I also examine recruits for the military in Los Angeles. I talk to these kids and about 1/4 are black. Hispanics seem to be about twice their share in recruits but both groups are highly motivated. Some of the blacks are foreign born and I have spent some time talking to them. They show none of the social pathology I see in this article but, of course, it would be hopeless for such kids to try to join the military even if they wanted to. One young man I talked to last month is 25 and has 17 half-siblings. He said he never wanted to see any of them again. He is drug free and trying to improve his life. He was raised mostly in foster care and, I suspect, was luckier than most in his situation to had that upbringing.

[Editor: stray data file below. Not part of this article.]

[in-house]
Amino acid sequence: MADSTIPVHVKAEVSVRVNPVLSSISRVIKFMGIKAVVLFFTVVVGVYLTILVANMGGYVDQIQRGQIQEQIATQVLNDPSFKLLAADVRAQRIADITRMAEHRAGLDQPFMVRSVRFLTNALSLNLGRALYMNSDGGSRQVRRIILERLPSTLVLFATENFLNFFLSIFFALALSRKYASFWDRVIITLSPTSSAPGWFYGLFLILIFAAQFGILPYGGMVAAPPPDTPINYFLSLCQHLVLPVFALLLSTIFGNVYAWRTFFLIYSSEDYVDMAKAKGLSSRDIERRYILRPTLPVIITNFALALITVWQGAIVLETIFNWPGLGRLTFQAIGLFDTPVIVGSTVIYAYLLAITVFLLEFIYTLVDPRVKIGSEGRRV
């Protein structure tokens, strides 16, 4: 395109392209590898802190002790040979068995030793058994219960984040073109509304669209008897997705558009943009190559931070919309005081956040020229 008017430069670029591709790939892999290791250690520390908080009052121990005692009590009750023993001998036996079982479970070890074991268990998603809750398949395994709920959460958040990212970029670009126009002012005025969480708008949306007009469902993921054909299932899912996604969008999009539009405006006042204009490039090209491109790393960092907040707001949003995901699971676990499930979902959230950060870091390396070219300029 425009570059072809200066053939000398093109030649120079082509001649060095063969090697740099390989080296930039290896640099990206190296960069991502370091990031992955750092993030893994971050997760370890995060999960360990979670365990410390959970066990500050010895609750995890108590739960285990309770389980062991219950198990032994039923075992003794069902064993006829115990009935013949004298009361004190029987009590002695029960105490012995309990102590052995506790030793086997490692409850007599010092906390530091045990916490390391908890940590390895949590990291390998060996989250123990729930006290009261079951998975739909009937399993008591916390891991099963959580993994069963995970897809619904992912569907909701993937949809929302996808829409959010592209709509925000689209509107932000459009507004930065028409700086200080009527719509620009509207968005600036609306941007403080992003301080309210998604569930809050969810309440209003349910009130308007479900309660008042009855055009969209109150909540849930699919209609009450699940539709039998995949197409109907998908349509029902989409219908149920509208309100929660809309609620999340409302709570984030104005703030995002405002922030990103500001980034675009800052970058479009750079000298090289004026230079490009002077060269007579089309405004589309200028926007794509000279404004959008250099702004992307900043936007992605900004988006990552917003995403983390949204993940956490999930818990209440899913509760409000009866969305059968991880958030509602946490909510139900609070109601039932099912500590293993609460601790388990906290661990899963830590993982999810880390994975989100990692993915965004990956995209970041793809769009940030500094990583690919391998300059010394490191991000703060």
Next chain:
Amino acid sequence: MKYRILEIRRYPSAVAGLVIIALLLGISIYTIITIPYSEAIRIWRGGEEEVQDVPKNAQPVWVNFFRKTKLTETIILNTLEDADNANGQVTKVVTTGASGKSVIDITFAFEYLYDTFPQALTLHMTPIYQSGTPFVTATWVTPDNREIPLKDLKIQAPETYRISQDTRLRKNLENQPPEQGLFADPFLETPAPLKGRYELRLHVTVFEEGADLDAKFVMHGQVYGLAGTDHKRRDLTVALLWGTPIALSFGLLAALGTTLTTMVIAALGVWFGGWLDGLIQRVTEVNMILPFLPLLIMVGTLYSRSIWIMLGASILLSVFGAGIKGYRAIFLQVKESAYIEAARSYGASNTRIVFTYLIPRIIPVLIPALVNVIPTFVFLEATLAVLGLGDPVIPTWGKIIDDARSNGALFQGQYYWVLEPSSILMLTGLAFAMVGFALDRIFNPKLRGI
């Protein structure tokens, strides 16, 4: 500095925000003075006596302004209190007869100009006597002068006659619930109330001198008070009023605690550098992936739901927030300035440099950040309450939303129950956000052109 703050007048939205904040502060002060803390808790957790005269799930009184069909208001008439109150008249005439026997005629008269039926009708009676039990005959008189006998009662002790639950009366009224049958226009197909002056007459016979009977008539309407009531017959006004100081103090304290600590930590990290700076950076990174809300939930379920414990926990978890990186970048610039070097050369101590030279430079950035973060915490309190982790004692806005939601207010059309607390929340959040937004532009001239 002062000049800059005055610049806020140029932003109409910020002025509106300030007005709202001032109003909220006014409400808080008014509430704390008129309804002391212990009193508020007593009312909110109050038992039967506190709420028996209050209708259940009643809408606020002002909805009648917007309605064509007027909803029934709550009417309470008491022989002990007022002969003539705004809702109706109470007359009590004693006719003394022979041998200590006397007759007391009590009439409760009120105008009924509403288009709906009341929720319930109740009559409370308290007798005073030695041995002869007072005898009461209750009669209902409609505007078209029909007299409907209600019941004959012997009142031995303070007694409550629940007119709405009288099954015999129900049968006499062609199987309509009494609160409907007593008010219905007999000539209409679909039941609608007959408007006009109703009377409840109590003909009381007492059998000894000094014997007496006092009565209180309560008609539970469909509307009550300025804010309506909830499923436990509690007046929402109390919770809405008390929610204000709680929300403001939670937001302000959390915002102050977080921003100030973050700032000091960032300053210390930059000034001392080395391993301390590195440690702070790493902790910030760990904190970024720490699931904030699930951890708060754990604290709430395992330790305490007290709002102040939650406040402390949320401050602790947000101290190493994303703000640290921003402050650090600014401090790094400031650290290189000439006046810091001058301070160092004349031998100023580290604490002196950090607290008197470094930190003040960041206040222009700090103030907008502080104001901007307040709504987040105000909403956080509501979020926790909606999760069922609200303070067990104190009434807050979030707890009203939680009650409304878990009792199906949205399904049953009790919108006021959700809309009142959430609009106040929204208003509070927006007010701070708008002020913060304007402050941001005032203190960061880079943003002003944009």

Most of the blacks I taught simply had no interest in academic subjects. I taught history, and students would often say they didn’t want to do an assignment or they didn’t like history because it was all about white people. Of course, this was “diversity” history, in which every cowboy’s black cook got a special page on how he contributed to winning the West, but black children still found it inadequate. So I would throw up my hands and assign them a project on a real, historical black person. My favorite was Marcus Garvey. They had never heard of him, and I would tell them to research him, but they never did. They didn’t care and they didn’t want to do any work.